Movie Review: Dunkirk

Carmen Mota

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Director: Christopher Nolan

Music Composer: Hans Zimmer

Genre: Drama/ Thriller

Rated: PG-13

Actors: Tom Hardy

            Mark Rylance

            Cillian Murphy

            Kenneth Branagh

            Fionn Whitehead

Cinematography: Hoyte Van Hoytema

Film Editing: Lee Smith

Costume Designer: Jeffrey Kurland

 

   Planes falling from the sky, torpedoes launching from enemy ships, the supply of water and food running low, and all the while seeing bodies of soldiers floating in the water. These were the things troops stuck at Dunkirk constantly saw.

    In the film Dunkirk director Christopher Nolan does an exceptional job at portraying the events that occurred in the Battle of Dunkirk during World War 2. Using IMAX cameras he was able to capture vivid visuals and remarkable sound. Nolan worked with Hans Zimmer, an extraordinary music composer who worked with Nolan on The Dark Knight film trilogy to produce incredible sound for the film. The sounds of violin strings, strong splashing waves, ticking timers, and bullets flying, made for an unbelievable cinematic experience especially in a IMAX 70 mm theater. Nolan is able to film impressive angle shots of the planes soaring in the sky and ground shots of troops swimming for survival. The overall display of this movie surpasses expectation and creates a rare experience for audiences.

    Throughout the film you can see three different situations taking place. First there’s the soldiers on land that with every ship sunk lose more and more hope of ever making it home. They are struggling in Dunkirk yearning to get home but are “sitting ducks” unable to cross the ocean home. An interesting  figure in this narrative is Commander Bolton portrayed by Kenneth Branagh who commands the troops and ships on Dunkirk. In the second narrative there’s british pilots bravely working to clear the sky of German dive bombers who are continuously attacking the ships.The scenes of pilot Farrier played by Tom Hardy were outstanding, the characters’ agility and heroism is evident throughout the film. Lastly, there’s a boat consisting of civilians Mr. Dawson, his son Peter, and Peter’s friend George, their goal is to help as many troops as possible to return home. All three face their own set of challenges  individually.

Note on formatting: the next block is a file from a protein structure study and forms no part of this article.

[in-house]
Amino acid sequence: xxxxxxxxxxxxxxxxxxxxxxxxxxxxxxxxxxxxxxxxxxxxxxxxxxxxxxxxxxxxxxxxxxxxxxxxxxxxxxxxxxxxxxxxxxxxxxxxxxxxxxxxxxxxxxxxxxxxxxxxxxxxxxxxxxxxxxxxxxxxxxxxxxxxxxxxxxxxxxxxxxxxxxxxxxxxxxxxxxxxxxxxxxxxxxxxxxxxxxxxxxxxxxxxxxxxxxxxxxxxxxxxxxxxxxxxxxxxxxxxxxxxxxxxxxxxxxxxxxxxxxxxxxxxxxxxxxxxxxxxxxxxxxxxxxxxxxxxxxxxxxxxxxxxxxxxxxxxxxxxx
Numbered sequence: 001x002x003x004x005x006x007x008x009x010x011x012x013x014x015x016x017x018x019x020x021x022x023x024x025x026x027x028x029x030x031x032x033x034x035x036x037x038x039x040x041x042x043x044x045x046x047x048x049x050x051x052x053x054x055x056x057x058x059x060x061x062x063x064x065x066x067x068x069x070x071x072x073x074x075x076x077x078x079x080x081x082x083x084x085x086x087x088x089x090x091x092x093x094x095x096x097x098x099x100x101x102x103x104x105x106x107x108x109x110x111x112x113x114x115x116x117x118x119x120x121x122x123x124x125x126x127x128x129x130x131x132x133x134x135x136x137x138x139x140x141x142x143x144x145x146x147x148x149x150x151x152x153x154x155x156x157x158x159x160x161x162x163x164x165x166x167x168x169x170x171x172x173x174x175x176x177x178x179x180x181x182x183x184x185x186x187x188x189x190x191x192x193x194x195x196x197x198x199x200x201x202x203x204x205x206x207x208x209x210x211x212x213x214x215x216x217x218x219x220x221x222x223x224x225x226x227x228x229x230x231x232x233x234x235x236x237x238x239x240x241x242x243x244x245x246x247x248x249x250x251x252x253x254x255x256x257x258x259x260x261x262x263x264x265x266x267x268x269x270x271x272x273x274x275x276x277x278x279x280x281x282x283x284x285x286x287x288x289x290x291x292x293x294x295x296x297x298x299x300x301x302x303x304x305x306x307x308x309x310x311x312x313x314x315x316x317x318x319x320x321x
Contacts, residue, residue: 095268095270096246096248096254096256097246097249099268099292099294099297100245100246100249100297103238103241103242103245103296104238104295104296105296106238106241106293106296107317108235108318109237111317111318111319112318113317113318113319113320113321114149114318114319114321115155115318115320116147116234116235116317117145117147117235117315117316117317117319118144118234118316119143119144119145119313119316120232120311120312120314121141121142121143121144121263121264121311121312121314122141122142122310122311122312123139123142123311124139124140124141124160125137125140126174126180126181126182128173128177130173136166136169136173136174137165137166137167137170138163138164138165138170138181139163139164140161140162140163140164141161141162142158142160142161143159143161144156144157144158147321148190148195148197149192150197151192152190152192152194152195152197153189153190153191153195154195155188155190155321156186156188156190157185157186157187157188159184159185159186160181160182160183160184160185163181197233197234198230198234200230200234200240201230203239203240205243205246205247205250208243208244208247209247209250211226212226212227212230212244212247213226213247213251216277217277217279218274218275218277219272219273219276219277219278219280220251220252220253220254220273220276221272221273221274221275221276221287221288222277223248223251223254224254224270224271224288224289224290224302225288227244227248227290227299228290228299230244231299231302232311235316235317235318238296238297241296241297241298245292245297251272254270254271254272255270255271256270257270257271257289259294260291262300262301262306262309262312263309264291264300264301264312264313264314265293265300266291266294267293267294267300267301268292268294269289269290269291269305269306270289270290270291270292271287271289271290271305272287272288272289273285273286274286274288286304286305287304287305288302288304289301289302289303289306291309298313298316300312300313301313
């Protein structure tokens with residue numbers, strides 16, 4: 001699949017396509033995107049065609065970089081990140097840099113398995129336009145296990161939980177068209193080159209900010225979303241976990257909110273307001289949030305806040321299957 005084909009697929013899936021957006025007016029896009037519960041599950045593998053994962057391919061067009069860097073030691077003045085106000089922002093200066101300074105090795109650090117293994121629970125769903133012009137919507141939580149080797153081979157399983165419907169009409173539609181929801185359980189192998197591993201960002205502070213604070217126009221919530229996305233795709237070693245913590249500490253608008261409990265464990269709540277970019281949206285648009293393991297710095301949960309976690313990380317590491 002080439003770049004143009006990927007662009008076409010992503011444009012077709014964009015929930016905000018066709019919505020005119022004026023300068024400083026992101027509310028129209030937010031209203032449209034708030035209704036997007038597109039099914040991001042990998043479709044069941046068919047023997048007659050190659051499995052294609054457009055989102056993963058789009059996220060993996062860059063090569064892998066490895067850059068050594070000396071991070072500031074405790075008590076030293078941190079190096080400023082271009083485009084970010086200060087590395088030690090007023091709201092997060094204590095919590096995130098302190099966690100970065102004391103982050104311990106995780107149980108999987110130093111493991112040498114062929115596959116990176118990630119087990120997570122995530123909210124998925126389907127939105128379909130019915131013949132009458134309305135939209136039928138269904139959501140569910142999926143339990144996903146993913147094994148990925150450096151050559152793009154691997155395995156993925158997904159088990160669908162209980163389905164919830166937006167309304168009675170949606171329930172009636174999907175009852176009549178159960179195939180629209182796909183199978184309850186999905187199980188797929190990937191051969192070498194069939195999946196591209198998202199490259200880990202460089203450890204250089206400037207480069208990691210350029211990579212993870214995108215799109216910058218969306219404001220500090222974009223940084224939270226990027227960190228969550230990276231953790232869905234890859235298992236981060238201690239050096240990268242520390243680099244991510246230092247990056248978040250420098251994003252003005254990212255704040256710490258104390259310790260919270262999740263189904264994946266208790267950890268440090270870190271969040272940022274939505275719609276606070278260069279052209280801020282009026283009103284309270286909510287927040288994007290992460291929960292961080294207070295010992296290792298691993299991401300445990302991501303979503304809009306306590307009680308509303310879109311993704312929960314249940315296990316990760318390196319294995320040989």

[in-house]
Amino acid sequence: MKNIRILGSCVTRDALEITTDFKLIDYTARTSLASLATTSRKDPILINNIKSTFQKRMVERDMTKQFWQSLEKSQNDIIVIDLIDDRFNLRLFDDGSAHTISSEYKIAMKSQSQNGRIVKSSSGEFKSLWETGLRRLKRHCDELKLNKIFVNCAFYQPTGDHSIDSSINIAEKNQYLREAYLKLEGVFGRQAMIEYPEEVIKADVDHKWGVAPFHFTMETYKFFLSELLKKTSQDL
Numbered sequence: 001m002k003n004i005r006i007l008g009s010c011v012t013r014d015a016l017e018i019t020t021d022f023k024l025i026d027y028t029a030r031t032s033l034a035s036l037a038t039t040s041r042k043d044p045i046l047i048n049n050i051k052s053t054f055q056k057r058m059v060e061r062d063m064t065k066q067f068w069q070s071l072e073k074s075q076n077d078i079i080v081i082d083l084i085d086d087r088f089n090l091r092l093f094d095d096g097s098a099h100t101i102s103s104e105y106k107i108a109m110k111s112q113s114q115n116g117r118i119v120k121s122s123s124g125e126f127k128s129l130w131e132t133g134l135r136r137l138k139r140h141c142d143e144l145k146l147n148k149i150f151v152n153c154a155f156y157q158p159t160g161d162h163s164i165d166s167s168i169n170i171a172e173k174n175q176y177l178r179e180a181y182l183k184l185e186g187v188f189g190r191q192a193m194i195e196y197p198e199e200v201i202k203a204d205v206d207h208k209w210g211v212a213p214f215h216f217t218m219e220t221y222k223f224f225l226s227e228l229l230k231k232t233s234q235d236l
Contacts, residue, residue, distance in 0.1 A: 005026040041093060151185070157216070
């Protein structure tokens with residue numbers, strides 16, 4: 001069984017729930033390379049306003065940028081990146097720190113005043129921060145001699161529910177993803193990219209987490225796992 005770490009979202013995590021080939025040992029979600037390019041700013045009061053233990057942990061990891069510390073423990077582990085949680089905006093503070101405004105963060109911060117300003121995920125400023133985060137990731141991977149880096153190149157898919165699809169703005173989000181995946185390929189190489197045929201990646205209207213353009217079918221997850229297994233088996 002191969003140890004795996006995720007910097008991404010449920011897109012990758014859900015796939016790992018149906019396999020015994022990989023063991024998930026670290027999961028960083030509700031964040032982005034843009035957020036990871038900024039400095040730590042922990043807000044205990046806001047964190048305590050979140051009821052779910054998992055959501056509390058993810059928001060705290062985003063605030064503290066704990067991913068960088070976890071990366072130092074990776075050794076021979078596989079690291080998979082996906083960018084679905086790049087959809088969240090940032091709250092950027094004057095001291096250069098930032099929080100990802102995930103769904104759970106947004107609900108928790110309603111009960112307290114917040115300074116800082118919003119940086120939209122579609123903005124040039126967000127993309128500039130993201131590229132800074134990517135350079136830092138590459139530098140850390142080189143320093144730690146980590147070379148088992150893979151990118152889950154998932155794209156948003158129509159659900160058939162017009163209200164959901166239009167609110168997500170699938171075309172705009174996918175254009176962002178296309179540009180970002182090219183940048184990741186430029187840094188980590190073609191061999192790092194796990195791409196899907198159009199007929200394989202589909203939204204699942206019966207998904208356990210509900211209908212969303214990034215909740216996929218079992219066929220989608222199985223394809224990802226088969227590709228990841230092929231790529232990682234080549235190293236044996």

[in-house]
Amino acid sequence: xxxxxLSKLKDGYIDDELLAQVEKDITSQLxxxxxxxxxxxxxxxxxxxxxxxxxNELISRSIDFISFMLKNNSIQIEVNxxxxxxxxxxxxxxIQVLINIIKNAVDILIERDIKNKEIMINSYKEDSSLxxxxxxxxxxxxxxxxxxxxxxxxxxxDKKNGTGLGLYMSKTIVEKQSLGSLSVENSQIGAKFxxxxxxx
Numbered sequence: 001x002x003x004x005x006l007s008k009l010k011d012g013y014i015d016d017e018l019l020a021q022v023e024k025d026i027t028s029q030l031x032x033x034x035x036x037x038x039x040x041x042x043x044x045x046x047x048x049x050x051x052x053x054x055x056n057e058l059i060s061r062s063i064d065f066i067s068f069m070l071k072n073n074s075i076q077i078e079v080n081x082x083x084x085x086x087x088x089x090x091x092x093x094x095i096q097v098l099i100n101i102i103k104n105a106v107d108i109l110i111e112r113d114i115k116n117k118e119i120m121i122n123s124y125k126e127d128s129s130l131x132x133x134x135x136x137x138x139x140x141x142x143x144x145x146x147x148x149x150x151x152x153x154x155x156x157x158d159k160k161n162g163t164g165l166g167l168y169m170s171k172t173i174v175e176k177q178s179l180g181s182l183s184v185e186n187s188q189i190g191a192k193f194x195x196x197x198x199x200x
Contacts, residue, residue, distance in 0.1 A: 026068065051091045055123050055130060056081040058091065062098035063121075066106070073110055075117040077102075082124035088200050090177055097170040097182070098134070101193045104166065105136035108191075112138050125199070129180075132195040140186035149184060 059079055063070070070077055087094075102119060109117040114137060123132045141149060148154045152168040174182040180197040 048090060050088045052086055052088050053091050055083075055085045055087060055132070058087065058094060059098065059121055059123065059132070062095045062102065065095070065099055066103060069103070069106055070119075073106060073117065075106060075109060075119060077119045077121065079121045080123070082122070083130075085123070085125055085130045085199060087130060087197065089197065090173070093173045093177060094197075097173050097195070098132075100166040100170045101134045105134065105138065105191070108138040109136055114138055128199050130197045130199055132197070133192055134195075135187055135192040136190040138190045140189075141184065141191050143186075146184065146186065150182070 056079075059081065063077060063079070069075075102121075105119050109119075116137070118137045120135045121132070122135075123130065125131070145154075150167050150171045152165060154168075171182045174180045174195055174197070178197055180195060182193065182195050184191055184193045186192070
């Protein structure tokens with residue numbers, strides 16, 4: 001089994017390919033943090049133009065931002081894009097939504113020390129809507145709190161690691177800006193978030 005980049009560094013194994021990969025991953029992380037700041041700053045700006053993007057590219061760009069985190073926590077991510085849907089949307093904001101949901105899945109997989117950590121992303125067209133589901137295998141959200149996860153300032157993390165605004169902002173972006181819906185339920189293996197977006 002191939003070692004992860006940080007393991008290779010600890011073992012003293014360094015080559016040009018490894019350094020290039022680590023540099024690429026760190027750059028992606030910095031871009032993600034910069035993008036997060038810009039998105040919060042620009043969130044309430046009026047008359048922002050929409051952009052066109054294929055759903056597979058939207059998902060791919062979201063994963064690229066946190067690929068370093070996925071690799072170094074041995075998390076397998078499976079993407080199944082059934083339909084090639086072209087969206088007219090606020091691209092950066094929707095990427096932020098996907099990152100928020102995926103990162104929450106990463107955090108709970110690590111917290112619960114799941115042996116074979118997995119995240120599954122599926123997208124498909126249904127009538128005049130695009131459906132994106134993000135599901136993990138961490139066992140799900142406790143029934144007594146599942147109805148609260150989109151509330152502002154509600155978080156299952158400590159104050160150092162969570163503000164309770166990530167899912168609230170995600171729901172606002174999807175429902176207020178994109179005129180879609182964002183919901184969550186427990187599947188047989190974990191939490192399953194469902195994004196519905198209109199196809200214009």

Although the film has no focus on the characters specifically, it doesn’t affect the film substantially neither does the short dialogs, the visuals speak for themselves. The audience gets an overall look at the events at Dunkirk in the perspective of the troops, pilots, and civilians on the scene. By the end of the film a sense of community is felt as civilians unite prepared to help the troops get home. In conclusion, Dunkirk was impeccably directed and executed by Nolan in the best way possible.

 

For more information on the history of Dunkirk: http://www.history.com/this-day-in-history/dunkirk-evacuation-ends

Image link: http://static.tvtropes.org/pmwiki/pub/images/dunkirk_5.jpg

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Movie Review: Dunkirk